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Thursday, July 25, 2013

Rogue Legacy - PC Review 8.7/10

Rogue Legacy is one of those games that ventures into the difficult side of gaming, looking to recapture the challenge that the games when the NES was king, so often sported. I've been playing it for some time and here's my few thoughts.

The Good:
I do like the music. Nothing too amazing but it gets the job done.
The graphics are nice. Same as how I feel about the music.
The story is unusual, but I like how different it is from most games.
The character you control controls well. The jump arc as well as the abilities you have at your disposal are predictable as well as the enemies you encounter. When you die (and you will), it will have been your own fault. Not some idiotic problem with the game out of your hands. And that's really an intelligent thing. When I die it shouldn't be because of some inane counter or percentage fault.
The way death is played is both bad and good. The good part is that you are understanding that you are going to die. Where that comes into play is to understand when to risk your life and when not to. There are two main parts to this game. The first is to amass as much gold as you possibly can on a single run. When you die, your ancestor is then chosen by you out of three. We'll get to that a bit later as well. Your ancestor now has the same amount of gold you had when you died. You use gold for only two things: to buy new items to upgrade your characters and to strengthen characters via more health or extra abilities as well as new vendors who have different items to purchase. The second goal is to make the strongest characters you can. As you die, the enemies don't get harder. They will be as tough as they have been when you first started the game. Where this comes into play is when you get stronger, you can get to new areas and kill bigger, more powerful enemies. Going to more powerful areas gets you more gold. Sometimes this is necessary due to the first objective of this game, and that some vendors increase the price of items as you buy such as the enchanter. Upgrades also cost more as you get to higher levels, as well as the better things you can buy. This roundabout way of playing is actually a benefit. Forcing you to think whether you should risk your life for gold or a chest, remembering how much gold you have because every time you die to reenter the castle costs you all your remaining money, so you need to understand if you can buy something and whether fighting another day is best or to sacrifice.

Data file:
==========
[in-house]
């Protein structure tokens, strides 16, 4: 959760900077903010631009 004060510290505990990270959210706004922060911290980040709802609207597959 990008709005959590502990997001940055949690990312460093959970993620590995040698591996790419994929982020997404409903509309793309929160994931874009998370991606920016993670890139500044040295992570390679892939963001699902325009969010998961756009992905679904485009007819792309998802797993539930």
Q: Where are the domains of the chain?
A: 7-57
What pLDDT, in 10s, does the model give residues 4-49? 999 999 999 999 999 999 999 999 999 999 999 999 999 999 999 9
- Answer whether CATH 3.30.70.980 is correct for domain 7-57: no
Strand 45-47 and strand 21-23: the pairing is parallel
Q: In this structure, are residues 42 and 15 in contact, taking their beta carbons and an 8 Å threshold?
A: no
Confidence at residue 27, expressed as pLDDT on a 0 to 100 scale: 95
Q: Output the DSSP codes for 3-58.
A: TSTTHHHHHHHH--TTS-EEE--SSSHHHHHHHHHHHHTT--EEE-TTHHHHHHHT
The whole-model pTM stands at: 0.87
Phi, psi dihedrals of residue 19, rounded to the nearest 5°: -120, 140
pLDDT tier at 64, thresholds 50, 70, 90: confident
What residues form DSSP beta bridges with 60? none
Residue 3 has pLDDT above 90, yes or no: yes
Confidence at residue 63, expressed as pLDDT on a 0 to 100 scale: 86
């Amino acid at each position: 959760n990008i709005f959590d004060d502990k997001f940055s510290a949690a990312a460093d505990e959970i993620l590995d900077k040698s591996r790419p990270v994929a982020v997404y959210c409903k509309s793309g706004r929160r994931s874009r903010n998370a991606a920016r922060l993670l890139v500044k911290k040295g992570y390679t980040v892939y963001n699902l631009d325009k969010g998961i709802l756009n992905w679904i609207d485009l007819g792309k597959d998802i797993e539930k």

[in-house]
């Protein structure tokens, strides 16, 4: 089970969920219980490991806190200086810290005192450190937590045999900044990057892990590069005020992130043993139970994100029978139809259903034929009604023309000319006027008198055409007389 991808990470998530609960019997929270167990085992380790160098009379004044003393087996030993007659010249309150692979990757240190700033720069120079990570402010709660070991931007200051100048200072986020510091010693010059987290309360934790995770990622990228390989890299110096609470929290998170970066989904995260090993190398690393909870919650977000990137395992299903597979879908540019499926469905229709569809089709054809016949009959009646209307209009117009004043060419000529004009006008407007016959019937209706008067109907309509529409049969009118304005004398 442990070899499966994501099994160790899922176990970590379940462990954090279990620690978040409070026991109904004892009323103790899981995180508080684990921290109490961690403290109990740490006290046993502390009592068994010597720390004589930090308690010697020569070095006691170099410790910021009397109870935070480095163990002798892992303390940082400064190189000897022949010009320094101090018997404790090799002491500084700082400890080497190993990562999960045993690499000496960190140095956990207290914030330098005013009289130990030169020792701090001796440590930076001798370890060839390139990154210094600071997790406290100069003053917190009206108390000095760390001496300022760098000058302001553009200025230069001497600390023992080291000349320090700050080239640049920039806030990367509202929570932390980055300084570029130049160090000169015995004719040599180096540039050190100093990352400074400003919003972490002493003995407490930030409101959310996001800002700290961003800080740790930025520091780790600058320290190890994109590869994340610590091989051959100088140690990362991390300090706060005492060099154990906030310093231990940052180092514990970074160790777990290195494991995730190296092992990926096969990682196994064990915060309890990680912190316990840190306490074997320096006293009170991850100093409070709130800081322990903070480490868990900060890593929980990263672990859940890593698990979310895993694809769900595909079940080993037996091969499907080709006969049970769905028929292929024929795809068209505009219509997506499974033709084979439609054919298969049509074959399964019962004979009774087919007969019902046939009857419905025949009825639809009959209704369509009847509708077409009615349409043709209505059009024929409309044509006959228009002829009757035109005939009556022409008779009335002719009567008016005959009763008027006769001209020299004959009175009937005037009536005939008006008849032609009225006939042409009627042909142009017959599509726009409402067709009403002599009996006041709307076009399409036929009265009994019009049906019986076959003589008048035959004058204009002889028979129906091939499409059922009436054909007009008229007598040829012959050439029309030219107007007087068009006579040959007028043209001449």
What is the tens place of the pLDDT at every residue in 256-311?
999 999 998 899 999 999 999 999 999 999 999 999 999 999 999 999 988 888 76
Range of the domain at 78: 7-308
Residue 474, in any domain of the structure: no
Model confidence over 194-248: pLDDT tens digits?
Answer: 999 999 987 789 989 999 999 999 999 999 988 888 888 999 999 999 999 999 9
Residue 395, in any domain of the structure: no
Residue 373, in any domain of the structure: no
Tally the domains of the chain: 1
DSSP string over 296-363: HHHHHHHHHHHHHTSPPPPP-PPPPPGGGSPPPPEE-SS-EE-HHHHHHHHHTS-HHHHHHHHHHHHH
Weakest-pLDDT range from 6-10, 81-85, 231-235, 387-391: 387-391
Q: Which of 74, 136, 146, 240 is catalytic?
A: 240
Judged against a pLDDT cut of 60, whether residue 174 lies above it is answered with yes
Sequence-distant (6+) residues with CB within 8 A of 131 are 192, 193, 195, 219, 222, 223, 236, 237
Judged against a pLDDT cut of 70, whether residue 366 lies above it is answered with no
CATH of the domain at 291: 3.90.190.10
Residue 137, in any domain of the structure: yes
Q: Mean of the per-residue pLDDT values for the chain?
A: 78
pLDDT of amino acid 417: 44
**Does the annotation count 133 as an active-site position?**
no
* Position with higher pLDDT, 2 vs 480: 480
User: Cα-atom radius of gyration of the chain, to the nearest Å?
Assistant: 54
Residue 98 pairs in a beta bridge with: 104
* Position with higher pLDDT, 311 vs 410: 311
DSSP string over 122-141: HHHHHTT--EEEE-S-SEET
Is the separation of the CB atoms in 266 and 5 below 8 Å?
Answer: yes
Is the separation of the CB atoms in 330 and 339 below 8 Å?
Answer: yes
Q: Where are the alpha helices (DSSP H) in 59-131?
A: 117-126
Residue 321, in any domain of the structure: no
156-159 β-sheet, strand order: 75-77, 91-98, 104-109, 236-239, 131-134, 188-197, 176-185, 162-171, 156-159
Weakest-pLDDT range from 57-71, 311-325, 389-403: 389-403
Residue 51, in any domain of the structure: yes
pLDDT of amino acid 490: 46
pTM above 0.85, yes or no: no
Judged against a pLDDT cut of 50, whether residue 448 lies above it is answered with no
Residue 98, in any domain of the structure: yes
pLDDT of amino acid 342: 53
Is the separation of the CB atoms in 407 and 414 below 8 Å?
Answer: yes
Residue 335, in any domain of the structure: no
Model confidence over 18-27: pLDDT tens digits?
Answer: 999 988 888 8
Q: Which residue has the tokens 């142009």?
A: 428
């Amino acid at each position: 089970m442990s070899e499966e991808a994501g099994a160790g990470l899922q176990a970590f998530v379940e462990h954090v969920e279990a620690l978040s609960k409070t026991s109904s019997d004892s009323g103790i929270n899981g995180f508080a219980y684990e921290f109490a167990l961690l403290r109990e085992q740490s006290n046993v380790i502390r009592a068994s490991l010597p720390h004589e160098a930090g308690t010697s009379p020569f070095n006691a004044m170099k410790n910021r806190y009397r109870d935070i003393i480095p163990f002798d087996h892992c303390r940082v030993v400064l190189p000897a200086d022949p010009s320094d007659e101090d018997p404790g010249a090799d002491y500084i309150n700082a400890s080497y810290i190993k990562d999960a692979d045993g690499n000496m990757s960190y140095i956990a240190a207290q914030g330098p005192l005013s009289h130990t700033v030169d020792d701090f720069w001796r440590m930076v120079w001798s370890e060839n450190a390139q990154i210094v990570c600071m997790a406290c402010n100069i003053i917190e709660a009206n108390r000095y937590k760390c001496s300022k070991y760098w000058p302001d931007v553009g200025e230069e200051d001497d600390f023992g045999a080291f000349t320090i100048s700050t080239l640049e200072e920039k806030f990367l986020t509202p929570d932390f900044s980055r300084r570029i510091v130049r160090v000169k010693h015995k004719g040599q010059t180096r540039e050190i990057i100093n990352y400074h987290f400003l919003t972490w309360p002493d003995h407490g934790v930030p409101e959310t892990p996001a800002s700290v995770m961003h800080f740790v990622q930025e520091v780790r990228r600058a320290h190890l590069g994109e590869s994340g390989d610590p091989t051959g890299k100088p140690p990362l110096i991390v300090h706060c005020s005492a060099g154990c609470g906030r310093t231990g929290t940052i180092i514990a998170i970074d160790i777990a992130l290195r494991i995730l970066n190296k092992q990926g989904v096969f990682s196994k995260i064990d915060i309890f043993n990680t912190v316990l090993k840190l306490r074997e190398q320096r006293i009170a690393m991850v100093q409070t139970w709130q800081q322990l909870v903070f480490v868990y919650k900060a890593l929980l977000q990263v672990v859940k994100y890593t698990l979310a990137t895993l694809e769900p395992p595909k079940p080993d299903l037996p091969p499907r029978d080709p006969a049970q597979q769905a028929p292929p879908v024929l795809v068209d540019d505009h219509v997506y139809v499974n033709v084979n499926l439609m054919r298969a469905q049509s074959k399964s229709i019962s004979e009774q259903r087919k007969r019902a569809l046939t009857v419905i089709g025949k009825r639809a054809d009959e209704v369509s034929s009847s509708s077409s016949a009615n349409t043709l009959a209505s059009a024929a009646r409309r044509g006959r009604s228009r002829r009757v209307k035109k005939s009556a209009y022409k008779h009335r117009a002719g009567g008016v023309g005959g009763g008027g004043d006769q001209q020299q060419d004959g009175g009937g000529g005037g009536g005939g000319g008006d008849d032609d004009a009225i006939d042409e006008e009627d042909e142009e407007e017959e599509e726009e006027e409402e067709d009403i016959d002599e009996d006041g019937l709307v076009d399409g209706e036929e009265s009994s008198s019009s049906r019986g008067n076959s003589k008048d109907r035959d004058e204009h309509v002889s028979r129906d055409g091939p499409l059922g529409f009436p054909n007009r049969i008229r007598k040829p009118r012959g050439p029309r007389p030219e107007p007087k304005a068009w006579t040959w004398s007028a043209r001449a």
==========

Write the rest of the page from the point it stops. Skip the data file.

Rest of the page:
The Bad:
This game can get extremely frustrating at times. Bosses are insanely difficult at the level I am at and they kill me in just about one hit, obviously being able to take more hits and I do little damage as well as their moves encompass vast areas unable to dodge. Bosses aren't predictable always because they sometimes show up in random places, though there are simple visual prompts that elude you to thinking there may be one nearby. Though frustrating, this is just more reason to either scrap the game entirely or to show that boss who's... well, boss.
It is nigh impossible to get certain things near the beginning of the game. Again, this goes into frustrating. Certain chests have requirements to unlock them like Take no Damage or get to it at a certain time. Chests are really important because you'll always find something beneficial in them. Whether its schematics for a new piece of armor to be bought, runes or even large sums of gold. This is like the annoyance I feel when playing a game that forces me to come back at a certain time to get the best play possible or an MMO telling me I have to use real money to get the coolest gear. While I haven't seen a real money prompt, this forces me to play this game everyday and grind for gold to get the best play in the smallest time. Simply put, this game isn't best picked up every so often. Time has to be put in it to win it.

The Meh:
There is one really unusual thing about this game. Its Steam in general. Sure it's easy to buy, but whenever I play the game, like clockwork it always does the first time set up even though I've played it a bunch of times before. This isn't bad considering the first time setup takes about as long for me as any game that loads up (2 maybe 5 seconds).


Honestly this is a pretty good game. I'd recommend it for anyone who likes difficult games or an upgrade junkie like me. It's fairly priced so pick it up if you get the chance.

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